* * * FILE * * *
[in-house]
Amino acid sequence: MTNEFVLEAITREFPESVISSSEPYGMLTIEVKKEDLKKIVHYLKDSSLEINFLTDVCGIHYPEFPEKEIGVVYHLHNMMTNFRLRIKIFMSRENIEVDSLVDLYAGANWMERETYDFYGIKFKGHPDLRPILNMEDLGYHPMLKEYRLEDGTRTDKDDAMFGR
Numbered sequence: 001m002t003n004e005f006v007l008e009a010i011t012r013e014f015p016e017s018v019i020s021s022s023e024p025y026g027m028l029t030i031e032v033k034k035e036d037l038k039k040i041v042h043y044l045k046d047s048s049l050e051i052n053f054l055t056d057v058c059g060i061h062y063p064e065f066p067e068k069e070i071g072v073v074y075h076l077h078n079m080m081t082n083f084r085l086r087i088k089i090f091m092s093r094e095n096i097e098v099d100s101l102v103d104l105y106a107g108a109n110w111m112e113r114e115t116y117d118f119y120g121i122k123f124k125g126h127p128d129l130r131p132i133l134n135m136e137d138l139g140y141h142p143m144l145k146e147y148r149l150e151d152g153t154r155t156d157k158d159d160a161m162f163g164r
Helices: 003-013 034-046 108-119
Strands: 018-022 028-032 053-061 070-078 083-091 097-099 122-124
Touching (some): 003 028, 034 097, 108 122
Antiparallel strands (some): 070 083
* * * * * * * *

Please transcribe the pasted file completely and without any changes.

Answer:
[in-house]
Amino acid sequence: MTNEFVLEAITREFPESVISSSEPYGMLTIEVKKEDLKKIVHYLKDSSLEINFLTDVCGIHYPEFPEKEIGVVYHLHNMMTNFRLRIKIFMSRENIEVDSLVDLYAGANWMERETYDFYGIKFKGHPDLRPILNMEDLGYHPMLKEYRLEDGTRTDKDDAMFGR
Numbered sequence: 001m002t003n004e005f006v007l008e009a010i011t012r013e014f015p016e017s018v019i020s021s022s023e024p025y026g027m028l029t030i031e032v033k034k035e036d037l038k039k040i041v042h043y044l045k046d047s048s049l050e051i052n053f054l055t056d057v058c059g060i061h062y063p064e065f066p067e068k069e070i071g072v073v074y075h076l077h078n079m080m081t082n083f084r085l086r087i088k089i090f091m092s093r094e095n096i097e098v099d100s101l102v103d104l105y106a107g108a109n110w111m112e113r114e115t116y117d118f119y120g121i122k123f124k125g126h127p128d129l130r131p132i133l134n135m136e137d138l139g140y141h142p143m144l145k146e147y148r149l150e151d152g153t154r155t156d157k158d159d160a161m162f163g164r
Helices: 003-013 034-046 108-119
Strands: 018-022 028-032 053-061 070-078 083-091 097-099 122-124
Touching (some): 003 028, 034 097, 108 122
Antiparallel strands (some): 070 083